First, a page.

Early Chemotherapy Offers No Survival Edge in mCRPC

Giving docetaxel before abiraterone does not improve progression-free and overall survival compared with the reverse sequence.
Giving docetaxel before abiraterone does not improve progression-free and overall survival compared with the reverse sequence.

Early use of chemotherapy in patients with metastatic castration-resistant prostate cancer (mCRPC) is not associated with significantly improved survival, new findings suggest.

In a retrospective study of 58 mCRPC patients, researchers found no significant difference in progression-free and overall survival between patients who received docetaxel chemotherapy followed by abiraterone hormonal therapy and patients who received the reverse sequence in propensity score-weighted multivariate analyses.

“Treatment sequencing should be determined by patient and disease characteristics, comorbidities and end-organ function, ability to tolerate side effects, and patient preferences,” Benjamin L. Maughan, MD, of Johns Hopkins Sidney Kimmel Comprehensive Cancer Center in Baltimore, and colleagues concluded in The Prostate (published online ahead of print).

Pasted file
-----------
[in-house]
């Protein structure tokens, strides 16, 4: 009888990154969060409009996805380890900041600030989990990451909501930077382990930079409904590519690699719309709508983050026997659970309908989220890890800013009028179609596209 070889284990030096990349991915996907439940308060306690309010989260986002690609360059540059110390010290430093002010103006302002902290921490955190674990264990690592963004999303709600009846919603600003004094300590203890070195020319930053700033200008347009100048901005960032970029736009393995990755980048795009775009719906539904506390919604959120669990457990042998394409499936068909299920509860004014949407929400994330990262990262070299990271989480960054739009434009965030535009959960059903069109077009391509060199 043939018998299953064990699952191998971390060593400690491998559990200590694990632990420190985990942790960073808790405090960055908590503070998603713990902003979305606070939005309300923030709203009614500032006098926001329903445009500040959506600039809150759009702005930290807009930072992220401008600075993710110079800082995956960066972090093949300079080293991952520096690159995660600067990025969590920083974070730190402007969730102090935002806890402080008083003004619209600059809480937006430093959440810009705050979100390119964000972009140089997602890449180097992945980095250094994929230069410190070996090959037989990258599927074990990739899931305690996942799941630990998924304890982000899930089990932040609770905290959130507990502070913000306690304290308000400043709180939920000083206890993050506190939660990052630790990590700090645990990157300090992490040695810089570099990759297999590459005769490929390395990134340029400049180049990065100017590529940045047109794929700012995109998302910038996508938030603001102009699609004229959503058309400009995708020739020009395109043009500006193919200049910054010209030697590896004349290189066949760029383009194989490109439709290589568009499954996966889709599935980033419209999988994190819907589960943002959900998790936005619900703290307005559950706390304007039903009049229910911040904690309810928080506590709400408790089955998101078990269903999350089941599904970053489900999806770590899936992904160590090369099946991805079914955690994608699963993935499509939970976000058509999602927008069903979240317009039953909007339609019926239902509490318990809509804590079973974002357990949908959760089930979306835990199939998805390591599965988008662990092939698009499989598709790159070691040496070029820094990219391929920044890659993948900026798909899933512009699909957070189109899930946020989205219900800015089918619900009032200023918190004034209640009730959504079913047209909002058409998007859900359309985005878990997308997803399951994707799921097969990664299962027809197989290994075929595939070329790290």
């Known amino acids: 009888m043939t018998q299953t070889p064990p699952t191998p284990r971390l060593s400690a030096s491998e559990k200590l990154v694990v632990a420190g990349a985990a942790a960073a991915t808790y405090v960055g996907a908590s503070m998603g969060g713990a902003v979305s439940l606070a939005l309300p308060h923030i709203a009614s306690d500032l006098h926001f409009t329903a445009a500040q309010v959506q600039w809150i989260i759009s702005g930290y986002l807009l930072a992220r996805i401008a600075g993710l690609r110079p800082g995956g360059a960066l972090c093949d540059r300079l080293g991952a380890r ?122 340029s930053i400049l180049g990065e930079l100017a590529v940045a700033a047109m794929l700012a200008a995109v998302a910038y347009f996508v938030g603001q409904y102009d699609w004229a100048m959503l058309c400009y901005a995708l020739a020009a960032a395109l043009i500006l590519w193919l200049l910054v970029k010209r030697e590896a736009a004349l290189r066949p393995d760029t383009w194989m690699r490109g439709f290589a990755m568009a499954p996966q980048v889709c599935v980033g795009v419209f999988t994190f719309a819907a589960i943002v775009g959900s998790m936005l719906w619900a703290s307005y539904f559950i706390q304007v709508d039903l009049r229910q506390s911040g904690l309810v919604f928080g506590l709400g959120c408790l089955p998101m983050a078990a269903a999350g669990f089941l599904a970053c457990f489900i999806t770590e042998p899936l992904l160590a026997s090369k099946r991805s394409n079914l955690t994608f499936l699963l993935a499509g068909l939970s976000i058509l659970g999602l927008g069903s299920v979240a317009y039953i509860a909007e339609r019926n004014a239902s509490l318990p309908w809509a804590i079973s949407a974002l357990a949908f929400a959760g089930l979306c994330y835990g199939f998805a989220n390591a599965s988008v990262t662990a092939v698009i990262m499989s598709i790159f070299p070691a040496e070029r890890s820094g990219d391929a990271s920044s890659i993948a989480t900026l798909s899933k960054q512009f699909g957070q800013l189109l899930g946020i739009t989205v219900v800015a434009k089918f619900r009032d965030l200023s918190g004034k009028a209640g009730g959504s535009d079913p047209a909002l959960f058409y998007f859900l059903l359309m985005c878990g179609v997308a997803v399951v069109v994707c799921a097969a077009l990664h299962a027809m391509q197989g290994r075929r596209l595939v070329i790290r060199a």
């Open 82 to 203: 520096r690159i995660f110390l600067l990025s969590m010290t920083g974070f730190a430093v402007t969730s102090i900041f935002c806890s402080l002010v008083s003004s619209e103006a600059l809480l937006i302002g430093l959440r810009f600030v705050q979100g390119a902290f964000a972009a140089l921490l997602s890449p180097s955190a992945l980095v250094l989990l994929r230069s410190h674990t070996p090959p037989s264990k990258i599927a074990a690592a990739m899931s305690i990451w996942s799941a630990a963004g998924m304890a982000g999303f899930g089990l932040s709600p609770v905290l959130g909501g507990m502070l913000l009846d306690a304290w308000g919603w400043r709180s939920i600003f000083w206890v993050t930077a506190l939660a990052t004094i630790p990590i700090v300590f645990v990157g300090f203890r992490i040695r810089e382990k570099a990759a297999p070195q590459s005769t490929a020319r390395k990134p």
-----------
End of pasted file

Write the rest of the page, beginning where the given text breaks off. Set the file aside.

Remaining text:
Patients in the abiraterone-to-docetaxel group had greater metastatic burden in bone and higher median PSA levels compared with the docetaxel-to-abiraterone group, according to the investigators.

The authors said it is likely that choosing a treatment sequence based on molecular characteristics of the cancer, such as AR-V7 status, is more important that making treatment decisions based on clinical features alone.

Dr. Maughan's group noted that previous studies suggest that sequential hormonal therapy after chemotherapy is progressively less effective compared with initial hormone therapy. “Cross-resistance mechanisms between hormonal and chemotherapy are likely a major reason for this suggested incremental decrease in therapeutic efficacy,” they wrote.

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